Political Activism, Information Costs, and Stock Market Participation
University of British Columbia
University of Miami - School of Business Administration
May 30, 2012
Journal of Financial Economics (JFE), Forthcoming
This paper examines whether political activism increases people’s propensity to participate in the stock market. Our key conjecture is that politically active people follow political news more actively, which increases their chance of being exposed to financial news. Consequently, their information gathering costs are likely to be lower and the propensity to participate in the market would be higher. We find support for this hypothesis using multiple micro-level datasets, state-level data from the U.S., and cross-country data from Europe. Irrespective of their political affiliation, politically active individuals are 9-25% more likely to participate in the stock market. Using residence in “battleground” states and several other geographic instruments, we demonstrate that greater political activism reduces information gathering costs and causes higher market participation rates. Further, consistent with our conjecture, we find that politically active individuals spend about 30 minutes more on news daily and appear more knowledgeable about the economy and the markets.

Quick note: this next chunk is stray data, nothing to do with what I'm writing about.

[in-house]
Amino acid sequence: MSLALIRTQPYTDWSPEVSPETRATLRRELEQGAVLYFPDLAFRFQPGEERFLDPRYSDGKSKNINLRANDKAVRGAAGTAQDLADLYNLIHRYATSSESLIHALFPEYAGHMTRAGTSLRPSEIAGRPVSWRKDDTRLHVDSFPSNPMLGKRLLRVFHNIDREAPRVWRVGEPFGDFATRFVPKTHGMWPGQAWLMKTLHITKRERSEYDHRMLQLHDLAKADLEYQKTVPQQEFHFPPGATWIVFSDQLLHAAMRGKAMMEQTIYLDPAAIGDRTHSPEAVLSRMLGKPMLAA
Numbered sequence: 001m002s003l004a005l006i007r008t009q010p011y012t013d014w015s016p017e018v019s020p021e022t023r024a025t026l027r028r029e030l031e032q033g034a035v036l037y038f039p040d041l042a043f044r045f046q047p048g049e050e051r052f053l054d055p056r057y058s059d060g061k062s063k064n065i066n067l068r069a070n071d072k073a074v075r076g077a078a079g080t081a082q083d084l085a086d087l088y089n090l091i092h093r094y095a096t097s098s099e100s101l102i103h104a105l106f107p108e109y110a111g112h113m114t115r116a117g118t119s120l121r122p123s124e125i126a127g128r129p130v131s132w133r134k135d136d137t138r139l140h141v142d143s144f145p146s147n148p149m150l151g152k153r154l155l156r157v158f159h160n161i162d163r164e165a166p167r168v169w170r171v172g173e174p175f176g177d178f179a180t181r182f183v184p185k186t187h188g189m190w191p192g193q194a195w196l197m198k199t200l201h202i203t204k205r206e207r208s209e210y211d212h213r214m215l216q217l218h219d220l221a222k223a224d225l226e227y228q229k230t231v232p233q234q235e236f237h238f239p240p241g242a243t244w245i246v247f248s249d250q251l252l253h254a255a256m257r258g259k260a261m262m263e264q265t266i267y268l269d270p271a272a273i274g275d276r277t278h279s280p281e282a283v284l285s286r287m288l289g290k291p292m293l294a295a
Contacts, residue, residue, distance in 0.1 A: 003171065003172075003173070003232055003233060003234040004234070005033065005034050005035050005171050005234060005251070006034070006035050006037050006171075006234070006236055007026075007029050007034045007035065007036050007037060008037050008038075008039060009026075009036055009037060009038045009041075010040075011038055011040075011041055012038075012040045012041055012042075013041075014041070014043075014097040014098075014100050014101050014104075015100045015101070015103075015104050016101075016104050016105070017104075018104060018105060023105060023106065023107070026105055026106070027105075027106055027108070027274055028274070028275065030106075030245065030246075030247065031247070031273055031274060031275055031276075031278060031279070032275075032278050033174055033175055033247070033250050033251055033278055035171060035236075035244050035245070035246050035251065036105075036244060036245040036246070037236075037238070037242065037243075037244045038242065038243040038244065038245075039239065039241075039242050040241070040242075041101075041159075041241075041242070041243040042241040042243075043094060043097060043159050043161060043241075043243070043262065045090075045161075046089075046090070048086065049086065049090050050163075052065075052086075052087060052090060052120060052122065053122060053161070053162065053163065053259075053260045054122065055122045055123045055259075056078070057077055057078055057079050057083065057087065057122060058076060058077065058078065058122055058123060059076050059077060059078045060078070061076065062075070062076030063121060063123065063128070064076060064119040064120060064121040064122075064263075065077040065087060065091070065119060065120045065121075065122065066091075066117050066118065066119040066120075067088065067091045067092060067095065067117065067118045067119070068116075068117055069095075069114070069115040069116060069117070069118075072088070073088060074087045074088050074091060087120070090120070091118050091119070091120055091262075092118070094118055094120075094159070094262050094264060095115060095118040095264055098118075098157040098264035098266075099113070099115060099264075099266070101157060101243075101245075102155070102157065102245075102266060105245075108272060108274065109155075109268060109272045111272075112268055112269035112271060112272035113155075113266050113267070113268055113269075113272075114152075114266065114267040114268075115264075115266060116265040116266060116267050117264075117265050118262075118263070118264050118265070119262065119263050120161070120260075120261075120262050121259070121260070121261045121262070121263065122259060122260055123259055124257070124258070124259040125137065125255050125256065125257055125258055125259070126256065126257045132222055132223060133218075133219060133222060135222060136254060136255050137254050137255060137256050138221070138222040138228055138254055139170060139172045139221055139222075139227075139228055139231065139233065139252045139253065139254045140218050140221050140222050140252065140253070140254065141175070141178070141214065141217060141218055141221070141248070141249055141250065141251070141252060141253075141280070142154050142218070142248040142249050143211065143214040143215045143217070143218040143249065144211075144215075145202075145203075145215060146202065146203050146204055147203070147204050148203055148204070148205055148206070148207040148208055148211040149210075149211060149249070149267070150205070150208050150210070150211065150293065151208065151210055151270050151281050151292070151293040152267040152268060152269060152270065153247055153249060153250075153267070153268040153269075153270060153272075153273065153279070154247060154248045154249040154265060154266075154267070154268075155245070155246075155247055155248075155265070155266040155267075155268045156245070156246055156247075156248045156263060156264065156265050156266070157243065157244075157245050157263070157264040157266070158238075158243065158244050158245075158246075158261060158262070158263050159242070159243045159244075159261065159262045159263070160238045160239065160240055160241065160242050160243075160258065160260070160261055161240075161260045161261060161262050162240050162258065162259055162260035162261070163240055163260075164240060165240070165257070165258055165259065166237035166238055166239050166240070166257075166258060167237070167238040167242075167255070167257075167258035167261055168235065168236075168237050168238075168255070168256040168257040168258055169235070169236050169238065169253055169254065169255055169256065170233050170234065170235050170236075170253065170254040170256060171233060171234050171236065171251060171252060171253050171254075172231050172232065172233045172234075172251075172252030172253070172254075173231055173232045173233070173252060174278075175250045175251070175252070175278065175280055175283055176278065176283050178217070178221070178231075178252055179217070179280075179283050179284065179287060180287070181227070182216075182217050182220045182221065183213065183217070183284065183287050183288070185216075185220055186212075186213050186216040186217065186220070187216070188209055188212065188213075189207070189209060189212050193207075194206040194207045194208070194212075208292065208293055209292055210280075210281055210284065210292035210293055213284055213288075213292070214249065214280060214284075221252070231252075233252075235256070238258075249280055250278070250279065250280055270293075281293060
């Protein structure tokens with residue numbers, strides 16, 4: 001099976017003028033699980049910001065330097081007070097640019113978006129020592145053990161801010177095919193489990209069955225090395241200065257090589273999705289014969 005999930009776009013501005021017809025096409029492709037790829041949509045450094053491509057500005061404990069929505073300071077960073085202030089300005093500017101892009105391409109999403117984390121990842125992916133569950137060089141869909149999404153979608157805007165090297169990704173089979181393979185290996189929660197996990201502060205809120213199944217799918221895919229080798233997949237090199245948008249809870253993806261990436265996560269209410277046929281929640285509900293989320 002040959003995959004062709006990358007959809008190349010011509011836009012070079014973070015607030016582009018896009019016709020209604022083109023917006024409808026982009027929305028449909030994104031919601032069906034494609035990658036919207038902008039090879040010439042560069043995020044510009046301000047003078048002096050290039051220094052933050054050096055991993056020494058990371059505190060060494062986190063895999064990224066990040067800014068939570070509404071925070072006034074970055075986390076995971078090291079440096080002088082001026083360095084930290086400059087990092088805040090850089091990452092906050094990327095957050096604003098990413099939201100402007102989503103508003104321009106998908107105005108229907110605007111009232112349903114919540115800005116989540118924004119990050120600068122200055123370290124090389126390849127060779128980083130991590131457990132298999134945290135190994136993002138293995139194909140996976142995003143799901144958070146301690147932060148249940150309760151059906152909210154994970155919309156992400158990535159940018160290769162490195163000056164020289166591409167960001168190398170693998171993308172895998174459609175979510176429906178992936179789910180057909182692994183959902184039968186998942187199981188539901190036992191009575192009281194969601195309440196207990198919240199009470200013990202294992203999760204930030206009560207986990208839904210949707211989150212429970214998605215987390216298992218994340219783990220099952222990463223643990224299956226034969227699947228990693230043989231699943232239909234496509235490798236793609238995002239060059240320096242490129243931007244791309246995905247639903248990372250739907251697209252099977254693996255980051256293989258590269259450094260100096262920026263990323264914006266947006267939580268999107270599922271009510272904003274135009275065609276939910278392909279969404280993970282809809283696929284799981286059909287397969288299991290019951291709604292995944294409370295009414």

Number of Pages in PDF File: 73
Keywords: Stock market participation, political activism, information costs, individual investors, geographic instruments.
JEL Classification: G02, G11, G12Accepted Paper Series
Date posted: March 27, 2011 ; Last revised: June 5, 2012
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